For reasons that are not entirely clear, the Colfax-Todds Valley Consolidated Tribe has been locked out of the Colfax Indian Cemetery since January. About a dozen members and friends of the tribe asked the Colfax City Council Tuesday night to unlock the gate to the cemetery. Council members listened in surprise and shock as tribal spokeswoman Judy Marks read a prepared statement: “[The cemetery] has long been the cremation and burial site of our ancestors — the Miwok, Maidu and Nisenan — who once lived in this region. They used the area for spiritual and ceremonial purposes, and our rights to continue to do so have been ignored and terminated. “It has been told to us that if we were to lose a loved one, at this point we would not be able to bury them alongside their family,” she continued. “We would like to reach some common agreement with the city to let us gain access to the land that was taken away unjustly and without warning.” Other members of the tribe and friends, some near tears, explained how important the cemetery is to them and why they want to be allowed to tend the graves and conduct ceremonies sacred to their community. According to a March 16 letter Marks wrote to the city, “Placer County has issued a request through Craig Ballenger, Colfax city cemetery manager, to have the tribe purchase the land containing the Indian Cemetery ASAP due to … the liability to the county.” “The city will do what it can,” Council member Steve Harvey pledged, adding, “We don’t hold the strings on this.” About size of a house lot, the Indian Cemetery is just outside the city limits at the intersection of S. Canyon Way and Iowa Hill Road. The city has no jurisdiction over the cemetery. Rob Haswell, Placer County Supervisor Jennifer Montgomery’s aide, told the Record Wednesday morning that Colfax’s cemetery district is an independent entity. “We [the county] don’t really have any jurisdiction at all.” Cemetery District Manager Ballenger responded that the county counsel’s office advised the district to lock the cemetery because the liability risk was too high. He said the tribe had clear-cut about 10 Ponderosa pines without consulting the district. Additionally, hand-digging graves and bonfires are considered dangerous activities at the cemetery. “We’re lucky nobody’s been hurt,” he said, explaining the district could not afford to be sued again. He emphasized he is personally sympathetic to the tribe’s plight. Apparently, there is a $3,000 mall claims court decision against the district for a tree that blew down in a storm and damaged a neighbor’s fence. Ballenger said that incident made the district realize it could not afford the risk exposure. County counsel’s advice to the district was to sell the property. Haswell indicated Wednesday he was unable to find evidence the county counsel’s office had — or would — advise the district about how to handle the liability issue. Meanwhile, Ballenger stated the district offered to sell the property — appraised at $80,000 to $100,000 — to the tribe for $37,000. Ballenger asserted the Auburn Indian Community is in the process of buying the property. However, the Record was unable to confirm this information as of press time. In her presentation Tuesday night, Marks noted her tribe could not afford to buy the cemetery. She acknowledged that some members of the Auburn tribe are buried there, but she said the Colfax-Todds Valley tribe wants to own their ancestral burial ground. Tuesday night, community members Robbie Robinson and Elan Vitkoff both spoke out in support of the tribe. Vitkoff announced she was organizing a community meeting with the tribe at 7 p.m. on Thursday, May 7 at the old Colfax Pharmacy building, 30 N. Main St. Mayor Suzanne Roberts explained that, as much as the council members wanted to, they legally could not vote on a resolution of support since the issue was not an action item on the agenda.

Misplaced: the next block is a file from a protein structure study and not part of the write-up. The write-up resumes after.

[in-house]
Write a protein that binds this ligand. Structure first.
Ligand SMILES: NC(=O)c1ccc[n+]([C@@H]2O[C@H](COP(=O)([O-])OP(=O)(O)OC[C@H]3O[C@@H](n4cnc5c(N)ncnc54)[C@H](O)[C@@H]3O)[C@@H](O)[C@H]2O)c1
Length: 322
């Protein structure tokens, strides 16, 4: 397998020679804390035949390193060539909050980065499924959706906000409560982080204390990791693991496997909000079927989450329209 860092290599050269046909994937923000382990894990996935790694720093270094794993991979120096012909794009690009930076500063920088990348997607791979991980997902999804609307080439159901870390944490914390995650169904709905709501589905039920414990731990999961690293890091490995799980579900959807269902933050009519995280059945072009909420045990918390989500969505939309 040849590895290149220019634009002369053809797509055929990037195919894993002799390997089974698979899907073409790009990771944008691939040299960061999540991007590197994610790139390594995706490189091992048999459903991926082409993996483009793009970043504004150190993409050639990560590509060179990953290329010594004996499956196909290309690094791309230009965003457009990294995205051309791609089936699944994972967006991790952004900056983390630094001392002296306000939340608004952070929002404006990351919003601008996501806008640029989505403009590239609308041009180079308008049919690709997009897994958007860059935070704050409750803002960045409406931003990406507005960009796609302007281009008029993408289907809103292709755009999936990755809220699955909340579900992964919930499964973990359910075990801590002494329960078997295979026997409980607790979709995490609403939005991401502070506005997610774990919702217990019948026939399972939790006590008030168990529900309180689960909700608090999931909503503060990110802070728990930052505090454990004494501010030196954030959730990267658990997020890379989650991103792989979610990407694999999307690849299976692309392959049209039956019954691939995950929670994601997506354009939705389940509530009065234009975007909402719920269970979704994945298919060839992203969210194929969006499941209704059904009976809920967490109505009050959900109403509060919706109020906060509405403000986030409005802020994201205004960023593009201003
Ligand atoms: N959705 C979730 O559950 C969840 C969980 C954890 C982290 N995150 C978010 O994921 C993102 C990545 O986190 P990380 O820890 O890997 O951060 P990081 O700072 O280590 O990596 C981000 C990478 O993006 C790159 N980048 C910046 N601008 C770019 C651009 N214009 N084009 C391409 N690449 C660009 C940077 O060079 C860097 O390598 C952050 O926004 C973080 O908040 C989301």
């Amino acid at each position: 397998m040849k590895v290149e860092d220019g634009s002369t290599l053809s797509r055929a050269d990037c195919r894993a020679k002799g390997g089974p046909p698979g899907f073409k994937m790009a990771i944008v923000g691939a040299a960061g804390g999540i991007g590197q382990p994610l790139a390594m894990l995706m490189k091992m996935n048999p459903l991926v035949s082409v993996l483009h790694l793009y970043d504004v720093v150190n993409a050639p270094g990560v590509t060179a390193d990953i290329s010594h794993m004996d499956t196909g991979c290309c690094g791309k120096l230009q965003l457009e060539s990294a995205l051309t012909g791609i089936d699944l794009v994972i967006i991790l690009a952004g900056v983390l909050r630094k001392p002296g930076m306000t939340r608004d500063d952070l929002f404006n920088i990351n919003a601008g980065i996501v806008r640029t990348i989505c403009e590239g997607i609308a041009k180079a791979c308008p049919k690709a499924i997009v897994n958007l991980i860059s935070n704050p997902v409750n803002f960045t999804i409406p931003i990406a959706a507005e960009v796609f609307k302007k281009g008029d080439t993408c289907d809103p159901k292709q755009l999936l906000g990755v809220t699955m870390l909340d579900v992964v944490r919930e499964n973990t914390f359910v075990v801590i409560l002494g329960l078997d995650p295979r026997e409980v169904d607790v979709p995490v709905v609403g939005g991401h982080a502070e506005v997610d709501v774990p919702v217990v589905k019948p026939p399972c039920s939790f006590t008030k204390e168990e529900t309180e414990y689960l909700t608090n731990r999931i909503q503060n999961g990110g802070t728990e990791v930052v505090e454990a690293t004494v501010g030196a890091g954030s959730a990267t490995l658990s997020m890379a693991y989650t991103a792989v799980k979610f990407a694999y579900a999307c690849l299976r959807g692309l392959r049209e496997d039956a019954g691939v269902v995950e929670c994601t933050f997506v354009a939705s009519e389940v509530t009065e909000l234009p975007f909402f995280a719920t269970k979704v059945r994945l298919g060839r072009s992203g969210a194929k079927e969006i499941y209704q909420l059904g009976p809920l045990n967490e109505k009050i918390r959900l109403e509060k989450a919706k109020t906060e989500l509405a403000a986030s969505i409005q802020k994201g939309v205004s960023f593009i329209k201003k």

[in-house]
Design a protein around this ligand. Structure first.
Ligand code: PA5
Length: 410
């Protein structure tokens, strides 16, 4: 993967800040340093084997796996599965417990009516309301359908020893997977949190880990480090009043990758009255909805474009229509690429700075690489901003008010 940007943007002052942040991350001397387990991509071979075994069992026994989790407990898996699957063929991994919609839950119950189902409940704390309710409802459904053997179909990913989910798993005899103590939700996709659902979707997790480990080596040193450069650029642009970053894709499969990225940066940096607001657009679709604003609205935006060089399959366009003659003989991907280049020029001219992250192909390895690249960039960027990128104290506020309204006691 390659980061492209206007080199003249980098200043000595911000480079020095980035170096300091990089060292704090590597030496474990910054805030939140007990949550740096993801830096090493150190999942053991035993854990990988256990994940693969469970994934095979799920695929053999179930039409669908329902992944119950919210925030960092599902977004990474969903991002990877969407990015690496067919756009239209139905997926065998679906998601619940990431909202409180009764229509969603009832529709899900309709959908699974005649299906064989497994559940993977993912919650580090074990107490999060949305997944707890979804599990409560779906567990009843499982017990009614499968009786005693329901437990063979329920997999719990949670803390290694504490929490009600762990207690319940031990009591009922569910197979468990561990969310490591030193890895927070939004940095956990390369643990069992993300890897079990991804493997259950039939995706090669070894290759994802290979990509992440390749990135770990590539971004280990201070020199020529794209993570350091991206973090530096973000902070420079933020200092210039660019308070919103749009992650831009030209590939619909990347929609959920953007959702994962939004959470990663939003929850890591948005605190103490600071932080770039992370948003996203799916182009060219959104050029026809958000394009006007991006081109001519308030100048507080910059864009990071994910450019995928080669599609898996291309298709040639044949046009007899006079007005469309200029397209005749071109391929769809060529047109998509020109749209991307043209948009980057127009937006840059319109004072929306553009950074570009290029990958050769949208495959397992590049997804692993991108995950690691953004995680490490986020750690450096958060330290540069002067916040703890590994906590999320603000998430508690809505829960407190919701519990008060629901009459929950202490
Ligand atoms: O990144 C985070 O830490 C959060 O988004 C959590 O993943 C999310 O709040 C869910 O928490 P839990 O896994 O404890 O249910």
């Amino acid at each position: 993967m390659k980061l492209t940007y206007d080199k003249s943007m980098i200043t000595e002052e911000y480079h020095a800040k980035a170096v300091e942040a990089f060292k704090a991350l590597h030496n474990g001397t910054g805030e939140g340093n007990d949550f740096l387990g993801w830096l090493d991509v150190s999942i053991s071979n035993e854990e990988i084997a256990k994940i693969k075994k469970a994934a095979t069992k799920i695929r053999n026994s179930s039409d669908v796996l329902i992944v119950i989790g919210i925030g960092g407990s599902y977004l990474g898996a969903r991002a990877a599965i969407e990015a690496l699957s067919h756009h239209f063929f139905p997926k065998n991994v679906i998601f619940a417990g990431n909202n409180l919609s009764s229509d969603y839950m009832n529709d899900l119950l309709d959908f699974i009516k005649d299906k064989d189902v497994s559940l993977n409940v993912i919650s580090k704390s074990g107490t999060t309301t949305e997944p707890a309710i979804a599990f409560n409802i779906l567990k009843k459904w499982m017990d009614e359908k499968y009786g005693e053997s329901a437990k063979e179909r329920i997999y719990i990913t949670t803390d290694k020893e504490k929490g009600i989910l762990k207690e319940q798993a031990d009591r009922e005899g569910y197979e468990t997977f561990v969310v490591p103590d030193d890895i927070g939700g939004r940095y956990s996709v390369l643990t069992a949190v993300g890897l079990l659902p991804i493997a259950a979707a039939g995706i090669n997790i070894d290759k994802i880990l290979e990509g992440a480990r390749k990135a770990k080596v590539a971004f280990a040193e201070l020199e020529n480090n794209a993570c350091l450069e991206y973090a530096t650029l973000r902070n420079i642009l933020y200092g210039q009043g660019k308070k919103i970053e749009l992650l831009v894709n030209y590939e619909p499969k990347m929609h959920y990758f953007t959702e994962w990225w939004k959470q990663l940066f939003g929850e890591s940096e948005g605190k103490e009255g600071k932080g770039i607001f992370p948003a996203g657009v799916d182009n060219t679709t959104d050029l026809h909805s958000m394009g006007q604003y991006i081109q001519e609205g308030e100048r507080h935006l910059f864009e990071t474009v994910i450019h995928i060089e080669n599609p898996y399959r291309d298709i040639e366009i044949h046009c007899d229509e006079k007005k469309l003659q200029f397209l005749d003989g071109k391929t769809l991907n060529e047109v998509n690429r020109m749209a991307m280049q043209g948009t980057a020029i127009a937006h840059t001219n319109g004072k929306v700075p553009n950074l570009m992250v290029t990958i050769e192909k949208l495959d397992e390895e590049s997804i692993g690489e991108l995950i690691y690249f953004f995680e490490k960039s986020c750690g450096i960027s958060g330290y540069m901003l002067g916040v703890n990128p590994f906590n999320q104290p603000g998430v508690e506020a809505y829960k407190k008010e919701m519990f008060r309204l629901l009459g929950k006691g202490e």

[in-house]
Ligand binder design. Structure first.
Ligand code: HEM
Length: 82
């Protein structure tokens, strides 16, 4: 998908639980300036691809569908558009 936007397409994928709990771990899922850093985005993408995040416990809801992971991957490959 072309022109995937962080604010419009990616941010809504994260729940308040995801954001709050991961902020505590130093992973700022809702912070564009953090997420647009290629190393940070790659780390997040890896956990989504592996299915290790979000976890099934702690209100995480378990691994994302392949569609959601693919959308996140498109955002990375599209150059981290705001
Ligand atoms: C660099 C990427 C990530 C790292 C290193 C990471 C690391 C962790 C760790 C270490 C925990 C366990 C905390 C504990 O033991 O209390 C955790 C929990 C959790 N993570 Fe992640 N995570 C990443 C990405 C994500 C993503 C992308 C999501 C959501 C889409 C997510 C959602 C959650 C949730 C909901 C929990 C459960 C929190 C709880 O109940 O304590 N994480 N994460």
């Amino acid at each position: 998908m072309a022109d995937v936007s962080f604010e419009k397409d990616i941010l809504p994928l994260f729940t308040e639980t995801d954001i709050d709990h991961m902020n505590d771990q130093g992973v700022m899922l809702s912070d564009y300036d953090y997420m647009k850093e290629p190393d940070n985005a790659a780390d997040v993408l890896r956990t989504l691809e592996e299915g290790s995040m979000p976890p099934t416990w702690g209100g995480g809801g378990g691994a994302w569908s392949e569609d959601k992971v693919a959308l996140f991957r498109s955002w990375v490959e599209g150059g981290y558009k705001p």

Sacramento Bee, 5-26-2009 -